Review: Volo’s Guide to Monsters

Volo’s Guide to Monsters is, hands down, the best thing that WotC has put out for 5e since the game’s launch. This book is exactly the type of stuff every gamer can put to good use. The book is basically divided up into 3 sections: Monster Ecologies, Monstrous Races, and a Bestiary. There’s something for everyone here, players and DM’s alike.

The notes from Volo himself throughout the pages in the form of little scraps of paper and such are a nice touch. My review is so delayed because I’ve been spending too much time just soaking it all in. Well, that and I’m a tremendous procrastinator. Anyway, let’s dive into the contents and talk about them.

Monster Magnification

The first section of the book really zooms in on the monsters, and clocks in at a little less than 50% of the total pagecount. This first chapter delves into each monster, where they live, what their lairs are like, and how they go about their daily lives. It also delves deep into what motivates them, their history and culture and what schemes they’re typically wrapped up in. The book covers Beholders, Giants, Gnolls, Goblinoids, Hags, Kobolds, Mind Flayers, Orcs, and Yuan Ti.

In the beholder section alone there’s info on how to roleplay, generate characteristics, bonds, flaws, names, and more. Battle tactics, layers, treasure, who they keep as minions and pets, what they do outside of combat and how they divide up labor. All of that is just in the beholder section alone. I could go on at length about each of the monsters but I think I should leave that to you, dear reader. For me though, some of the more interesting baddies they cover are the more mundane ones, like the kobolds who were just fun to read about and you get fun quotes from Volo all along the way, such as: “Kobold are a lot less cute when they learn how to cast fireballs.”

Monstrous Races

A mere 17 pages are dedicated to monstrous playable character races, and although the section is thin – the amount of new options it offers players is pretty substantial. The  book adds Asimar (opposite of Tieflings), Firbolg, Goliath, Kenku (humanoid bird people), Lizardfolk, Tabaxi (humanoid cat people), and Tritons (humanoid fish people) as racial options, each with their own host of traits and a smattering of lore. In addition to these there are also rules on how to use existing monsters as playable races – which indcludes goblinoids, kobolds, orcs, bugbears, and yuan-ti.

As a person who had somehow never heard of Tabaxi as a race in D&D, I was eager to check them out and scratch the itch of rolling up a “Khajit” rogue for my own personal fun and amusement – it did not disappoint. My love for the Elder Scrolls universe and desire to run an Elder Scrolls-esque D&D campaign nearly tripled after picking up Volo’s. I don’t suppose there’s much more to be said about this section, as thin as it is, without giving away the content. So, let’s move on!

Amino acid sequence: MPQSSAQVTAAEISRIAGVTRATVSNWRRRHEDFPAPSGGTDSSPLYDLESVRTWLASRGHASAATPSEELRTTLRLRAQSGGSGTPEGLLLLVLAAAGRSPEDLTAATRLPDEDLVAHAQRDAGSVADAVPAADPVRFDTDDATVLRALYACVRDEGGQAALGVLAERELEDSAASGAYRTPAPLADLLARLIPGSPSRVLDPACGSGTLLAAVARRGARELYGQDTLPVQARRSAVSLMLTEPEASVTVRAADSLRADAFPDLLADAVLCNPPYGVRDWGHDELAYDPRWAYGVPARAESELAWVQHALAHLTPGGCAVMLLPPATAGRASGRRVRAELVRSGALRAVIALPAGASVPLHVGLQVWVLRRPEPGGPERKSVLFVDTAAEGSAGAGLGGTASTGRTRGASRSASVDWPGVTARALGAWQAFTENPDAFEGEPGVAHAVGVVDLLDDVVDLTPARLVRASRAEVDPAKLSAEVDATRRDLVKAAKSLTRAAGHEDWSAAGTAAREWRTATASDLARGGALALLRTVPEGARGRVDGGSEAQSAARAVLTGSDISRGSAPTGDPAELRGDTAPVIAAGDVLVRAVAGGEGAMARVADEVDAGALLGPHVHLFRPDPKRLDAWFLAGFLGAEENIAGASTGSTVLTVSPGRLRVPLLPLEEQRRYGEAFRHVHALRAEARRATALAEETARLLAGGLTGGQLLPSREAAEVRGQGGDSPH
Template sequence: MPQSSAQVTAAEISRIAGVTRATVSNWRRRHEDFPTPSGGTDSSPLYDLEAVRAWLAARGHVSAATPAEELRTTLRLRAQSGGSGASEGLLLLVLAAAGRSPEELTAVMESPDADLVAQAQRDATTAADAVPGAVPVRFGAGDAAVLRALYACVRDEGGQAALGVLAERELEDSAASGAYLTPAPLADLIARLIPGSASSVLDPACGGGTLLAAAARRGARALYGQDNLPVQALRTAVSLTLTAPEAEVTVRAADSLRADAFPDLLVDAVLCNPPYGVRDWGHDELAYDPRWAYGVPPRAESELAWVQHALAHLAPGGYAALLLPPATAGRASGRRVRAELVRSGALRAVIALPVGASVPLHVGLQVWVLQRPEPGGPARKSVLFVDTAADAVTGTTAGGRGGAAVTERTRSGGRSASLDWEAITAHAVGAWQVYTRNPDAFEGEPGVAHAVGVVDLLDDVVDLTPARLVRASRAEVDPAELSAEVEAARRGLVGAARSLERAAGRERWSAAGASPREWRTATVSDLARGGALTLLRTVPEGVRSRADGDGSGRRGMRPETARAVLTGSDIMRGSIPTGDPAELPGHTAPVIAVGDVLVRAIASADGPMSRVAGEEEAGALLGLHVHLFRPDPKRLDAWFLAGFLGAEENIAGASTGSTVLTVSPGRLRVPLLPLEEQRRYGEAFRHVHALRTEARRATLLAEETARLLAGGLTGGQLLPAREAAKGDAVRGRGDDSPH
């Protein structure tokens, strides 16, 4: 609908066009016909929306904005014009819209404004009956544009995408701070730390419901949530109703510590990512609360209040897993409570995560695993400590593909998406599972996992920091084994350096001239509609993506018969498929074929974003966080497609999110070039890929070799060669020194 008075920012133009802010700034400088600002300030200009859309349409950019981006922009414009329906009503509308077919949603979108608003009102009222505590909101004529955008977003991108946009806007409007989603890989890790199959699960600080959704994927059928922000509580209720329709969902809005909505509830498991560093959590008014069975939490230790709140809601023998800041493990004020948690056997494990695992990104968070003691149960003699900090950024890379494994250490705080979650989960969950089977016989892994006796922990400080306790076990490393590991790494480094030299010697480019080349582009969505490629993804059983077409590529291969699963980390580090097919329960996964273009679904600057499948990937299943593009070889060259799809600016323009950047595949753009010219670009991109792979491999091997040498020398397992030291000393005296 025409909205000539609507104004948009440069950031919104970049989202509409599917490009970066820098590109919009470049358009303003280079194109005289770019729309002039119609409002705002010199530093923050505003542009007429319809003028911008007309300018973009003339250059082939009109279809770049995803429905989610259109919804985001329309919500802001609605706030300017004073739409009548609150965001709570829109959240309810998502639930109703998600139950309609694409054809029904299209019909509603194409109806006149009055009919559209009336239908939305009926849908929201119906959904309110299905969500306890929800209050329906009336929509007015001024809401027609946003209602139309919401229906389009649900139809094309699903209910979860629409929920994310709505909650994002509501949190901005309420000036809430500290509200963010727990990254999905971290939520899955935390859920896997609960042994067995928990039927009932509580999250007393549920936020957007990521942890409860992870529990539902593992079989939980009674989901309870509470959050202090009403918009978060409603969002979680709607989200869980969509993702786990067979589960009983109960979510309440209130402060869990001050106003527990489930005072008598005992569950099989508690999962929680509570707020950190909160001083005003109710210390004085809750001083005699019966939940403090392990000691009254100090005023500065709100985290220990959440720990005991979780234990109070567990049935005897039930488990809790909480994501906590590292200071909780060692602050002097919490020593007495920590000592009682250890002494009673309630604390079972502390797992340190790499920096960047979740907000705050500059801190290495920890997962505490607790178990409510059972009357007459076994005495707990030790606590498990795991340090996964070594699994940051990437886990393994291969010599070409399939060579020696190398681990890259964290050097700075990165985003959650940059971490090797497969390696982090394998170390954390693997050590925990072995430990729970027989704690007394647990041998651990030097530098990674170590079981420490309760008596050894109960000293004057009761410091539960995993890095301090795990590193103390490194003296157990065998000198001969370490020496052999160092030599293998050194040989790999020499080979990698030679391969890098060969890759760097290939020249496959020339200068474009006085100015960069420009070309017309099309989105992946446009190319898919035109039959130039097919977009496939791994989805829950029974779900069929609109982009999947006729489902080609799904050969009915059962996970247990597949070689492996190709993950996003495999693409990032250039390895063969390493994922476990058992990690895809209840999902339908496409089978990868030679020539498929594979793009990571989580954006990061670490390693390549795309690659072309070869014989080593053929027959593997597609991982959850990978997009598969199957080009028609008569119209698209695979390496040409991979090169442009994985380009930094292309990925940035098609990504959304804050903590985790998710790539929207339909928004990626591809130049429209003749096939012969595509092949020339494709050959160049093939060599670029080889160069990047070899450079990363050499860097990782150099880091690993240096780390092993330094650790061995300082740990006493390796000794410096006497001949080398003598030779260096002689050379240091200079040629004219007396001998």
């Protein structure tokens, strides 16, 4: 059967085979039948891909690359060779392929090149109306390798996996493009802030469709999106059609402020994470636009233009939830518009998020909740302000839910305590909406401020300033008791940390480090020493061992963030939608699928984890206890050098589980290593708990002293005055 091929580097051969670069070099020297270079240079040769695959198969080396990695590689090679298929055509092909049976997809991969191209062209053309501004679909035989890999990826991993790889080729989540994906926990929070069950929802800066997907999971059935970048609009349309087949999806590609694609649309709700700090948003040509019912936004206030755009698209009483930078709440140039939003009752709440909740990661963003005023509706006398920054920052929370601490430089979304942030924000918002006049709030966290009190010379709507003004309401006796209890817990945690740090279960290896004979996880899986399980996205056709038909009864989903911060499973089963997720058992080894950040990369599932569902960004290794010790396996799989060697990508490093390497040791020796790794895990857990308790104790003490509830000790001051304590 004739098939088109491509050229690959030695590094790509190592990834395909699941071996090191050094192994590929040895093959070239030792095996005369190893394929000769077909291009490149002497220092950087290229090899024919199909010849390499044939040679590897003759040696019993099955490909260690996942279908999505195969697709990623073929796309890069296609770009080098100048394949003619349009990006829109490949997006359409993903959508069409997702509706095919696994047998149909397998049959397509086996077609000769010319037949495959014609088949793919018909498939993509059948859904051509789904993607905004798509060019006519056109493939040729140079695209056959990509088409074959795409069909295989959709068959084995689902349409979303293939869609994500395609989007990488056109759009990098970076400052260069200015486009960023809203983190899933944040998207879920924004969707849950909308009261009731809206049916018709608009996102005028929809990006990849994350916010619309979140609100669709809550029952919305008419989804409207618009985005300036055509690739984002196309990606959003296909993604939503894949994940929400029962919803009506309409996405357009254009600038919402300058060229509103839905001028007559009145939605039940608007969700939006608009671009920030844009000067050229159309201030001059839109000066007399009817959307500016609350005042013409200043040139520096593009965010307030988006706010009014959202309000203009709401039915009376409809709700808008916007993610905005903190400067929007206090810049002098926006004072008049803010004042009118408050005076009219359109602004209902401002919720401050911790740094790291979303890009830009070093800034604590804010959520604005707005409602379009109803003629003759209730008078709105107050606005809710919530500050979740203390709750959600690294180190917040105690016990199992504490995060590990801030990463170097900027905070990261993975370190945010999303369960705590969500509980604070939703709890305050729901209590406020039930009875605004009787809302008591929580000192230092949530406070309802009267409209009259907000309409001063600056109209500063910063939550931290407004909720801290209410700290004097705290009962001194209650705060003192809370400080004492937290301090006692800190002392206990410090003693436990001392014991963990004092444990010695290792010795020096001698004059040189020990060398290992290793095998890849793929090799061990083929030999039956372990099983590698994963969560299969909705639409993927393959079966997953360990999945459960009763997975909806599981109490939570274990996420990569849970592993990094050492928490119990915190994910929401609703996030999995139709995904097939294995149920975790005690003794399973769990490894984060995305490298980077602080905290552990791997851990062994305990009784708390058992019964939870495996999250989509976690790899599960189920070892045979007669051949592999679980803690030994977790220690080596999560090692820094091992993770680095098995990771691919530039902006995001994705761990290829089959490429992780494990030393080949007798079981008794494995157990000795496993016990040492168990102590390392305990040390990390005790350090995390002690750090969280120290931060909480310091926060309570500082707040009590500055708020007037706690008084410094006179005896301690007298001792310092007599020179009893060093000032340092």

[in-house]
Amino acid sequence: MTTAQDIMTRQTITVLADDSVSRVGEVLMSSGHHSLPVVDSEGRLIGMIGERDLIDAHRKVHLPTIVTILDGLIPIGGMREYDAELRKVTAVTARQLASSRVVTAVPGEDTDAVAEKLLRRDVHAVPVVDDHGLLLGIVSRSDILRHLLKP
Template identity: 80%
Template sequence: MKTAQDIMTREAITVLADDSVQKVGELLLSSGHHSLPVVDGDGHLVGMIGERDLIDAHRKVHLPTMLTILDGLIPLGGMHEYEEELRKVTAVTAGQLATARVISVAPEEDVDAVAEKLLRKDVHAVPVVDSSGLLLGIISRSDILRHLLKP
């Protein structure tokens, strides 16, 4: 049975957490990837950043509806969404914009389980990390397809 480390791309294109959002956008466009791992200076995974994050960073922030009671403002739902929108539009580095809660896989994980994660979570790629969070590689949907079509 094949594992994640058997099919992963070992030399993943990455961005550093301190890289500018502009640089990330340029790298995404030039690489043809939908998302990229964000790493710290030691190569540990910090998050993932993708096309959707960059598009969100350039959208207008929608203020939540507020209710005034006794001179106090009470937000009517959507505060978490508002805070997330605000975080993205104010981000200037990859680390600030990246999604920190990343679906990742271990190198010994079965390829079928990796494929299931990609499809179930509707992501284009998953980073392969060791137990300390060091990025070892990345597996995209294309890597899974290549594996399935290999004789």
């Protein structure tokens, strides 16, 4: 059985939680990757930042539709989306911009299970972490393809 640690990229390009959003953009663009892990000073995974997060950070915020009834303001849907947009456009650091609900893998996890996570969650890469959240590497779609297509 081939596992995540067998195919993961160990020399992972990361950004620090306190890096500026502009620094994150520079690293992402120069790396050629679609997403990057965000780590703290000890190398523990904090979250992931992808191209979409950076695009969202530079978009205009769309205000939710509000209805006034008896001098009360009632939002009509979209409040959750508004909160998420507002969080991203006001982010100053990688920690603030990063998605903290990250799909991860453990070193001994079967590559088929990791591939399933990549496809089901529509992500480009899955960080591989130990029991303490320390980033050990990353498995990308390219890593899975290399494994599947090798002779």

Bustling Bestiary

The third chunk of Volo’s is as one might expect, filled with monsters not found in the Monster Manual, almost 100 of them. The banderhobb is back, but I’m not sure I’m as big of a fan of its lore compared to the 4e text. There’s 3 new beholder types, and lots of fey and impish creatures like boggles, grungs, redcaps, vegypgymys, wood woads, xvarts, and nilbolgs to run amok in your games. There’s also a handful of monsters we’ve already seen but of course with new variations such as Gnolls, Kobolds, orcs and others outlined within the first chapter of the book. There’s also some new bigger threats like the Froghemoth, new demons, big bad mindflayer boss bros (Elder Brain, Ulitharid), and my personal favorite – the catoblepas.

There’s also a really great appendix of NPCs that largely reflect character archetypes and other baddies you might put in your games. “Warlock of the Great Old One” is my favorite but there’s a ton of stuff in there like transmuter, diviner, thief, ranger, apprentice wizard, etc. It’s good stuff, really. Lastly, a list of all the creatures from the book by environment type, and challenge rating. Something I wish the original Monster Manual had (list by CR) so I’m glad to see they put it in there from the get-go instead of releasing a PDF online to supplement.

Overall

I said it before, I’ll say it again. Volo’s guide is the best thing to hit the 5e hardback scene since the game’s launch. Run over to Amazon and snag a copy for around $25 or swing by your FLGS and see if they’ve got a copy, if you haven’t already. Until next time folks, game excellently with one another!

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